Need some advice from C++ programming experts

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Teddipetzi
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Need some advice from C++ programming experts

Post by Teddipetzi »

I've been taking some C++ programming lessons recently, and come up with a few questions that cannot seem to be answered by the gurus in any satisfying fashion, this mainly concerns input/output options in C++.
The thing that confuse me is the C++ iostreams. Nearly everybody talking about this subject says they are better because they are type safe and their demo code makes rather liberal use of them.
But when I take a look at some real world code bases, standard C stdio often seems to be preferred by seasoned programmers, both for text output and for file I/O. GZDoom is a good example for this - out side of third party code it completely steers clear of C++'s I/O code.
Is there a reason why they are often shunned?
dpJudas
 
 
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Re: Need some advice from C++ programming experts

Post by dpJudas »

There are a couple of reasons:

1) Character sets, unicode and code pages. For some reason the C++ standard committee could never agree on making unicode a requirement for those implementing C++, so if you use the C++ iostreams it becomes platform specific what character set is actually being used. On modern Linux it is UTF-8, while on Windows it is either the local ANSI or OEM code page.

2) Like std::string, the iostream's API is generally crap. For example if you want to output in hex you first have to << std::hex and then after << std::dec to reset the state. At the same time it can't output std::string without needing .c_str() on them. Generally speaking, developers tend not to use the C++ library whenever the design drops below a certain quality level. At that point they usually switch to alternatives as that's usually a one-time cost per project.

3) Due to #1 you're already platform specific, so might as well just use the C language or platform specific alternatives.

4) A lot of C++ codebases are very old. Some span decades. The C++ standard in 2020 is a lot better than it was 20 years ago. There were even more reasons to shun the iostreams in the past.
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Graf Zahl
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Re: Need some advice from C++ programming experts

Post by Graf Zahl »

Seconding the "because it's crap" sentiment. For outputting text it's an overcomplicated clusterfuck but things do not stop there.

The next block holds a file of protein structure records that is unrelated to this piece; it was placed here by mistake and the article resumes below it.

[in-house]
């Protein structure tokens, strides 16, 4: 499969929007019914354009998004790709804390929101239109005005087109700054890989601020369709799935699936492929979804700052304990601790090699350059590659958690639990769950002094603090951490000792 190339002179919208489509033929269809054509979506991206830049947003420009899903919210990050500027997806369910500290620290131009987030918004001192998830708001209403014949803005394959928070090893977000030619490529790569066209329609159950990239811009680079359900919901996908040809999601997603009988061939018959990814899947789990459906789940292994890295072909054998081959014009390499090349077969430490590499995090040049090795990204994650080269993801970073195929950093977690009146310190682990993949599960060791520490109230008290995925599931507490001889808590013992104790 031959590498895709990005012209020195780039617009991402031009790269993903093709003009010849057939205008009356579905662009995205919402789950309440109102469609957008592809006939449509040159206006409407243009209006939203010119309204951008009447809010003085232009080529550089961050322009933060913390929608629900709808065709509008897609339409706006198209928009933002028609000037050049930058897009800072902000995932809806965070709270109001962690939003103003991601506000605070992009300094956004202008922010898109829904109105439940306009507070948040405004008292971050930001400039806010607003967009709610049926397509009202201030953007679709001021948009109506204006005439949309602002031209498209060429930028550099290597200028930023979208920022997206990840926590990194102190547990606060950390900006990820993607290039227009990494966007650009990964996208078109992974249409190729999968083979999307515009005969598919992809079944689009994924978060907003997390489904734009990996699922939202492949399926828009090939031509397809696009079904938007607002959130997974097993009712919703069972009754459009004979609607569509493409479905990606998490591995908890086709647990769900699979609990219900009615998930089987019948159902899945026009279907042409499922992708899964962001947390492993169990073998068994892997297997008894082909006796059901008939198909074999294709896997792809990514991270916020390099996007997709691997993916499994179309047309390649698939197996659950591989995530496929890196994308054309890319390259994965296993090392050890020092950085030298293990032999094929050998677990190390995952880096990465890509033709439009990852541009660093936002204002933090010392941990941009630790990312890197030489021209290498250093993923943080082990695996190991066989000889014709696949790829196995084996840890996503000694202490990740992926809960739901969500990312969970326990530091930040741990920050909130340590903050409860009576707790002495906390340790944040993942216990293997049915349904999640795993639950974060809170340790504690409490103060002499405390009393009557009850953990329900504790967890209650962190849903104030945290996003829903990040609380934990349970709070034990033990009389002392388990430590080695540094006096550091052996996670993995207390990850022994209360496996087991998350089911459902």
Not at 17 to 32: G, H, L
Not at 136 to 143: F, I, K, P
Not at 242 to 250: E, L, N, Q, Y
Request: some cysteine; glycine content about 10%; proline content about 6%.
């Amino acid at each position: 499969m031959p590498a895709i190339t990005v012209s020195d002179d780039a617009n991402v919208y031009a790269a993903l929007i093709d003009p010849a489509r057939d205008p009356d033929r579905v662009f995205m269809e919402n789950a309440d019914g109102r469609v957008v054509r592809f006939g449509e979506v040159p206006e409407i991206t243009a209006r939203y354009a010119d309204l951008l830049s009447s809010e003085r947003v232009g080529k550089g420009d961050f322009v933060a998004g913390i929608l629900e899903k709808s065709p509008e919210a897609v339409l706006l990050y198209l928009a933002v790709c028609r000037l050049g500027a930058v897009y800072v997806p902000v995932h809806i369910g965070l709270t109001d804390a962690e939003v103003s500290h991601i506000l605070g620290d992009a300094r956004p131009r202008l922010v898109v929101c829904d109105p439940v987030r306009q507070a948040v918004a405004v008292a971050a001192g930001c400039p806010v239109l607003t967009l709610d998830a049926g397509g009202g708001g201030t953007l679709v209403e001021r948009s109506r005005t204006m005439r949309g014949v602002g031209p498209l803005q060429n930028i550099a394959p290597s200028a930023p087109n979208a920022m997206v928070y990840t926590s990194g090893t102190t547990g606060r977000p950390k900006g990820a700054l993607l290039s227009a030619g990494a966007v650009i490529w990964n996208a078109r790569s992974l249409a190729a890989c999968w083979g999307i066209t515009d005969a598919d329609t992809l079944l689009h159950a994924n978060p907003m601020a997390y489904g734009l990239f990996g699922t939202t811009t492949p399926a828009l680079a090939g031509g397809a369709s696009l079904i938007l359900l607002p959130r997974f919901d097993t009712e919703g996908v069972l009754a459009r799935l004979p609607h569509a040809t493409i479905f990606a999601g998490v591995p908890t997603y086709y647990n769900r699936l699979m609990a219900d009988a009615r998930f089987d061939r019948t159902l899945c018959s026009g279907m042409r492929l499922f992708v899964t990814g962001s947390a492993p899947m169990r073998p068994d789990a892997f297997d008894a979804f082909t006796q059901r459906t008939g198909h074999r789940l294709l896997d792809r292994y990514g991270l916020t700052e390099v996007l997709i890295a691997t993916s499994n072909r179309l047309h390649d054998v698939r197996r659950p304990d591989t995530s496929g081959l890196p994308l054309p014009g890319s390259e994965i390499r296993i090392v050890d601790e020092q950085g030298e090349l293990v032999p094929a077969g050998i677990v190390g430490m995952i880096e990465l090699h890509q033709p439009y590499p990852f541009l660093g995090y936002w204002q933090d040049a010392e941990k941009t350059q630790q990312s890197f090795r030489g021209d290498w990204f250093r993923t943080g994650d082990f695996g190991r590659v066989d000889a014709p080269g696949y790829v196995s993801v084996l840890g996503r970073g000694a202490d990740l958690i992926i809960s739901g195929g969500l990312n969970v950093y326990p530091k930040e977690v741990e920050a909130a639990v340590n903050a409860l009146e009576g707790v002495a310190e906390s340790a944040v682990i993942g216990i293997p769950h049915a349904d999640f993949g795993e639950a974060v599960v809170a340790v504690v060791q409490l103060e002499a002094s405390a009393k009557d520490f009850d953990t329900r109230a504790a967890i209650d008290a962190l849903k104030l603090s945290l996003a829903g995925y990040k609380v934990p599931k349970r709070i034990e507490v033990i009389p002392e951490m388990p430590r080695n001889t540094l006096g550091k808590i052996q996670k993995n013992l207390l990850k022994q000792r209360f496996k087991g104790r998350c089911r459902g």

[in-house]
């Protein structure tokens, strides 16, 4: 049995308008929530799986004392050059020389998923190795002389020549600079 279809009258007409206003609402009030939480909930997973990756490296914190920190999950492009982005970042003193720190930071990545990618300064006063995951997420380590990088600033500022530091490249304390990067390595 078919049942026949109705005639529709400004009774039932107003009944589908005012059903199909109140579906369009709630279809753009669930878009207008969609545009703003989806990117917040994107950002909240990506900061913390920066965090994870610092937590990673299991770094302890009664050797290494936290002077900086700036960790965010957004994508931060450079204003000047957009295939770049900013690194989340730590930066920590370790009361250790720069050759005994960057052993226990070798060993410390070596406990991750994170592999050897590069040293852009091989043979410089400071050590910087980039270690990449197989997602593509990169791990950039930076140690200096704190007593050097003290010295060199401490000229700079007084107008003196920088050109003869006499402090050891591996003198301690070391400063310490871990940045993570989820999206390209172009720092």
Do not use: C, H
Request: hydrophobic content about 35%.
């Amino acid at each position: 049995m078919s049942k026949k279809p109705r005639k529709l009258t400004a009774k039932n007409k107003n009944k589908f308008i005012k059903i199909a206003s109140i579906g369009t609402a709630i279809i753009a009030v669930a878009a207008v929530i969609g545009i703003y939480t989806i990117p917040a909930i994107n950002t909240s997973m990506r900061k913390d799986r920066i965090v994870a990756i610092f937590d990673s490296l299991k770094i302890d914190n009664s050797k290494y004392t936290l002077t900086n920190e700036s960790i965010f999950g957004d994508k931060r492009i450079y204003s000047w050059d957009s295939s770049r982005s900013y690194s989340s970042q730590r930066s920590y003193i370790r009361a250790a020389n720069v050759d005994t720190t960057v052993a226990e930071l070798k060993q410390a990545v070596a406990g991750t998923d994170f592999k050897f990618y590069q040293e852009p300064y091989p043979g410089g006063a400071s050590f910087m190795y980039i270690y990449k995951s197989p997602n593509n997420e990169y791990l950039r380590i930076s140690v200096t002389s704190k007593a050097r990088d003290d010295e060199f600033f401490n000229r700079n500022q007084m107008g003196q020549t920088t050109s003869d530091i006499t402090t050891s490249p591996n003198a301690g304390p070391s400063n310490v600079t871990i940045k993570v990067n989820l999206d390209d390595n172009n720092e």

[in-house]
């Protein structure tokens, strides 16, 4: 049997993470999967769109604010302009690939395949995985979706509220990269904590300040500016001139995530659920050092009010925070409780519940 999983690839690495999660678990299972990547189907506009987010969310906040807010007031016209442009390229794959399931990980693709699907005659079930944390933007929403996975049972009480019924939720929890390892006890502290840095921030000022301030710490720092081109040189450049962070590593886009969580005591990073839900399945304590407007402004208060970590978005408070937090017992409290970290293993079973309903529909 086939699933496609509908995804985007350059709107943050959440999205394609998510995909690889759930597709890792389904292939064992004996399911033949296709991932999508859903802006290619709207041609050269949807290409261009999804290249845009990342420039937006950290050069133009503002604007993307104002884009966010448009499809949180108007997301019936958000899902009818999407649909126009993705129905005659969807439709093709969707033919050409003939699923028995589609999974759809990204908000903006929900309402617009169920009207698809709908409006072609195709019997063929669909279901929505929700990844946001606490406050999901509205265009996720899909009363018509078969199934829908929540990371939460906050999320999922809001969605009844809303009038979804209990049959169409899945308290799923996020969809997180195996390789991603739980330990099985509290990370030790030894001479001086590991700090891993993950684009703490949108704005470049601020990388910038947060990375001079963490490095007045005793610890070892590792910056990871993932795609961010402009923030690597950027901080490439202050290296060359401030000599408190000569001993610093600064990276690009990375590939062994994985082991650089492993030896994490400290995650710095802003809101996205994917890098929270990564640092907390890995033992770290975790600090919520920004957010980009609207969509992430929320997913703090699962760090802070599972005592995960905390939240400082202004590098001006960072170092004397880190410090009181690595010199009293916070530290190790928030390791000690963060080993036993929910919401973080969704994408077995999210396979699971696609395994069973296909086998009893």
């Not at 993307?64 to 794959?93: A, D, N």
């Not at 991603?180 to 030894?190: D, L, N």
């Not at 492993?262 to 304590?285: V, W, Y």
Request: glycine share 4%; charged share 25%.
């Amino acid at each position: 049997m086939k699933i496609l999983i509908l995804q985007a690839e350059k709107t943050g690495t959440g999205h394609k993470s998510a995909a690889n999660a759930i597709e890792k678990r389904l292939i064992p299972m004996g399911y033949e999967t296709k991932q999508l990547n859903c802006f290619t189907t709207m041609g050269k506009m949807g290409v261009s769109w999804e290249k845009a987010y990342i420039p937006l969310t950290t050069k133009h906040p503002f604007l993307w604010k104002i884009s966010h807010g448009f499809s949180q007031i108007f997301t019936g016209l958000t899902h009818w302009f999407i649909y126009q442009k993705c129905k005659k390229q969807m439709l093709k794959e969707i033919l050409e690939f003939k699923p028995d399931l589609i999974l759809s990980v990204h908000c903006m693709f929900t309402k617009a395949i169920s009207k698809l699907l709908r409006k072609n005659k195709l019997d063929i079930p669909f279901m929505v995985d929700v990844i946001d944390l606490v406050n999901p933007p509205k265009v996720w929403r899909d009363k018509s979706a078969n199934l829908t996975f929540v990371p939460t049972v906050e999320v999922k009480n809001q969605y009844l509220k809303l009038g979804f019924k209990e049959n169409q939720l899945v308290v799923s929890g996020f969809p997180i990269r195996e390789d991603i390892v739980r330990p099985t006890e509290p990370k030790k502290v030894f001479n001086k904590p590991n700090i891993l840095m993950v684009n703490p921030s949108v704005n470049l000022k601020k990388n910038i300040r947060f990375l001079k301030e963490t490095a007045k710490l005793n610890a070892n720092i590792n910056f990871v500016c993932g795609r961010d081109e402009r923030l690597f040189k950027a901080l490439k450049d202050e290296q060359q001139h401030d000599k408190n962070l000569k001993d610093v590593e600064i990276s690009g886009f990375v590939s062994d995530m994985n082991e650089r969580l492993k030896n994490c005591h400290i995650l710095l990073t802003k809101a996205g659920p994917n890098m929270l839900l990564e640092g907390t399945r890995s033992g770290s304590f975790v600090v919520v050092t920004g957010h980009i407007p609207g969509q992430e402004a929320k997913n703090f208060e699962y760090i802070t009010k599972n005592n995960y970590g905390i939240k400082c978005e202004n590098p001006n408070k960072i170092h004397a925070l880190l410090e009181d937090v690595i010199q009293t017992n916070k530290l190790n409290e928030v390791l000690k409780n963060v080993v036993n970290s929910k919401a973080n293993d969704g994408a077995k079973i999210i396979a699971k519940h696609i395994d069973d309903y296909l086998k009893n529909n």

Ultimately both stdio and iostreams have the same underlying problem, which is that they treat terminal output as an inherent property of a file instead of a specialization.
This means that all the special handling for terminals is coded right into the core of the whole thing. In C with a small function interface this rarely becomes an issue outside of code bloat in the library, but in C++ it infests the entire file stream hierarchy from top to bottom with mostly awful design patterns that the user needs to be aware of. A result of this screwed up design is that it is virtually impossible to specialize the streams for virtual file systems or other non-traditional cases because you can't just inherit from them and expect it to work. Virtually everything here has been done wrong by putting the file at the bottom and all the terminal baggage right with it. This means you can't just derive a special class from it because it got no working interface for that. A proper design would have put the abstract interface at the bottom and then specialize it for use with files. It's one of those monstrosities that only get carried forward by their own inertia, not because they are any good. If you ask me, they are one of the worst parts of the entire C++ standard library.

There's a good reason why for GZDoom I rolled out my own FileReader interface that can do what it needs: Transparently handle files from different sources like resource archives or memory buffers, or if later needed, data caches in the backend. Of course it cannot do terminal output, but like I said, that should never have been made part of the file system in the first place.
Teddipetzi
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Re: Need some advice from C++ programming experts

Post by Teddipetzi »

Thanks, guys! That really confirms my suspicion of something not particularly good but too many people with an investment in the matter so they won't admit to the problem.

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